E-commerce and technology ideal tools for tradition-bound artisans
The last festival season in India saw the shopper base increase by 24 per cent. Most of them were from tier II and beyond cities, thanks to the dynamic continuous technological innovation that delivered the joy of urban convenience to smaller cities.
The last festival season in India saw the shopper base increase by 24 per cent. Most of them were from tier II and beyond cities, thanks to the dynamic continuous technological innovation that delivered the joy of urban convenience to smaller cities. This means that e-commerce is penetrating deeper into small cities. Meanwhile, e-commerce is also opening new vistas for SMEs and start-ups to reach out and explore the global markets. And that’s not without reasons. With e-commerce, one is not limited by geography. Traditionally, doing business internationally was costly and complicated. One had to set up physical infrastructure in each market one wanted to sell in. This is no longer the case with e-commerce, which can also reduce one’s costs and overheads. For example, one doesn’t need to rent physical space to store inventory. And one can automate many marketing and sales tasks, which saves time and money.
The other significant trend is that India’s handmade sector is getting revitalised by virtue of an increase in the use of digital technology and e-commerce. Trade in cultural goods is heading northward continuously and significantly. There has also been a massive shift among consumers (particularly that of movies and music) towards web-based/digital/online services. India is growing its exports of cultural goods and has strengthened its position in recent years, joining the world’s top 3 exporters of cultural goods.
Lest one forgets, India is home to over 200 million artisans. The craft sector is our second largest rural employer after agriculture.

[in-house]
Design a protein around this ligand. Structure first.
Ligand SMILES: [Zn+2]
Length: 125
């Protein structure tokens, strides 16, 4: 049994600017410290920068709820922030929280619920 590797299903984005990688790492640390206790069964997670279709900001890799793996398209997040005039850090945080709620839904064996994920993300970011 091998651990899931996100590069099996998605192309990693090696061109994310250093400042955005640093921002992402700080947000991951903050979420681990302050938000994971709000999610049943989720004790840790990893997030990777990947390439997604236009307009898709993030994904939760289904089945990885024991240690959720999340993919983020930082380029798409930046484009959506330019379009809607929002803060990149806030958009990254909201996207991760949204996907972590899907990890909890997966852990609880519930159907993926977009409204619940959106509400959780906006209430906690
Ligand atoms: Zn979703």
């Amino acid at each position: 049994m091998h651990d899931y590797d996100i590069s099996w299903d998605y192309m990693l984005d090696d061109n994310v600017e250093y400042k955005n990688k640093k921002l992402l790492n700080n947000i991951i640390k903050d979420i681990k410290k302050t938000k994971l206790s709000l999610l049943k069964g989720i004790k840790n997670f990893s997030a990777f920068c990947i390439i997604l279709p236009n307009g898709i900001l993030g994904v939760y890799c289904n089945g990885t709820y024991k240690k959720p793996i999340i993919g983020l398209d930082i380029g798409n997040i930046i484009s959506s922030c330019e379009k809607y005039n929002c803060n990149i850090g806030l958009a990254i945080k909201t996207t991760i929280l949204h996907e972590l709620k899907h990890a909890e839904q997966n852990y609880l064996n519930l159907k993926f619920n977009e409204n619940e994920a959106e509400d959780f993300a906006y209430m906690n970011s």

Despite being one of the world’s largest producers of handmade goods, India’s share in the global market for these was tiny till recently. But now things have started looking up. The export market of Indian handicrafts is estimated to be $4.5 billion. Earlier, it was controlled by traders. At the higher end of the retail segment, top designers and labels had huge margins, the sector’s traditional supply chain structure was inequitable, with actual creators of products getting very little. Things have started to change and change for the better with the increasing use of technology and digital platform. New-generation artisans have been keen to preserving tradition even as they embrace digital tools to reach out.
Interestingly, when you sell internationally, it is important to build trust and enjoy customer loyalty. This can be challenging if you're not in the same country as your customers. But with e-commerce, you can use trust signals like customer reviews and social proof to build confidence in your brand. With an ecommerce website, businesses can track important data such as website traffic, customer behavior, and sales conversions. This information can be used to improve the marketing and sales strategies. Additionally, e-commerce platforms provide businesses with valuable insights into their customers’ needs and preferences.
At the end of the day, it is therefore important for the government and related organisations to take initiatives to support artisans through education and training programmes, especially the younger generation of artisans. The focus should be on new technologies, business practices and marketing strategies and providing young artisans with access to digital platforms and e-commerce tools. Remember that by selling their products online, they can reach a significantly wider audience and expand their customer base beyond their local community.